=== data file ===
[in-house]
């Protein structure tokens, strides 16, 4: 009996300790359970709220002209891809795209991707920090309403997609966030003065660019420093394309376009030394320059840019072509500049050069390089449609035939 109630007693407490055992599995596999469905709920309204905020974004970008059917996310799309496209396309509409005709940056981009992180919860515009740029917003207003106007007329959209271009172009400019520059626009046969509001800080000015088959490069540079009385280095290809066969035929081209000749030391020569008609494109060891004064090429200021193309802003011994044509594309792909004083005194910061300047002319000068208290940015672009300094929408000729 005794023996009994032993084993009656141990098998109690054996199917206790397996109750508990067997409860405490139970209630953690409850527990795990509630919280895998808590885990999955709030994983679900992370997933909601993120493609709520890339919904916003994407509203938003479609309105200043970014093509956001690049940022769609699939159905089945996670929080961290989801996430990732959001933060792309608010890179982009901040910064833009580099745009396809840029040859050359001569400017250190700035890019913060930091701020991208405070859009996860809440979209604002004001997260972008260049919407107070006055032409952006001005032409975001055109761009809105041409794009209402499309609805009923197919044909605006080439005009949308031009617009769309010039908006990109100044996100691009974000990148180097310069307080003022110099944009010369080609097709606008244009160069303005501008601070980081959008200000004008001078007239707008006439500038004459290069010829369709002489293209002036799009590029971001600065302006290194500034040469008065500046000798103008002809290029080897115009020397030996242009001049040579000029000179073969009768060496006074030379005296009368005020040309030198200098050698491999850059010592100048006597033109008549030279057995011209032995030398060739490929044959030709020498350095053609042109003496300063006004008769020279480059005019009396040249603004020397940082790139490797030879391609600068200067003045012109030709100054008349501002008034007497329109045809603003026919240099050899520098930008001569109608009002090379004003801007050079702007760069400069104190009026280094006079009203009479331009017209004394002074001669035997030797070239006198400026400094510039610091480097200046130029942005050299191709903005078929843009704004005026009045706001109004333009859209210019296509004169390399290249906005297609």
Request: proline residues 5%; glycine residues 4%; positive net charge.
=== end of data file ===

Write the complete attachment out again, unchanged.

[in-house]
């Protein structure tokens, strides 16, 4: 009996300790359970709220002209891809795209991707920090309403997609966030003065660019420093394309376009030394320059840019072509500049050069390089449609035939 109630007693407490055992599995596999469905709920309204905020974004970008059917996310799309496209396309509409005709940056981009992180919860515009740029917003207003106007007329959209271009172009400019520059626009046969509001800080000015088959490069540079009385280095290809066969035929081209000749030391020569008609494109060891004064090429200021193309802003011994044509594309792909004083005194910061300047002319000068208290940015672009300094929408000729 005794023996009994032993084993009656141990098998109690054996199917206790397996109750508990067997409860405490139970209630953690409850527990795990509630919280895998808590885990999955709030994983679900992370997933909601993120493609709520890339919904916003994407509203938003479609309105200043970014093509956001690049940022769609699939159905089945996670929080961290989801996430990732959001933060792309608010890179982009901040910064833009580099745009396809840029040859050359001569400017250190700035890019913060930091701020991208405070859009996860809440979209604002004001997260972008260049919407107070006055032409952006001005032409975001055109761009809105041409794009209402499309609805009923197919044909605006080439005009949308031009617009769309010039908006990109100044996100691009974000990148180097310069307080003022110099944009010369080609097709606008244009160069303005501008601070980081959008200000004008001078007239707008006439500038004459290069010829369709002489293209002036799009590029971001600065302006290194500034040469008065500046000798103008002809290029080897115009020397030996242009001049040579000029000179073969009768060496006074030379005296009368005020040309030198200098050698491999850059010592100048006597033109008549030279057995011209032995030398060739490929044959030709020498350095053609042109003496300063006004008769020279480059005019009396040249603004020397940082790139490797030879391609600068200067003045012109030709100054008349501002008034007497329109045809603003026919240099050899520098930008001569109608009002090379004003801007050079702007760069400069104190009026280094006079009203009479331009017209004394002074001669035997030797070239006198400026400094510039610091480097200046130029942005050299191709903005078929843009704004005026009045706001109004333009859209210019296509004169390399290249906005297609």
Request: proline residues 5%; glycine residues 4%; positive net charge.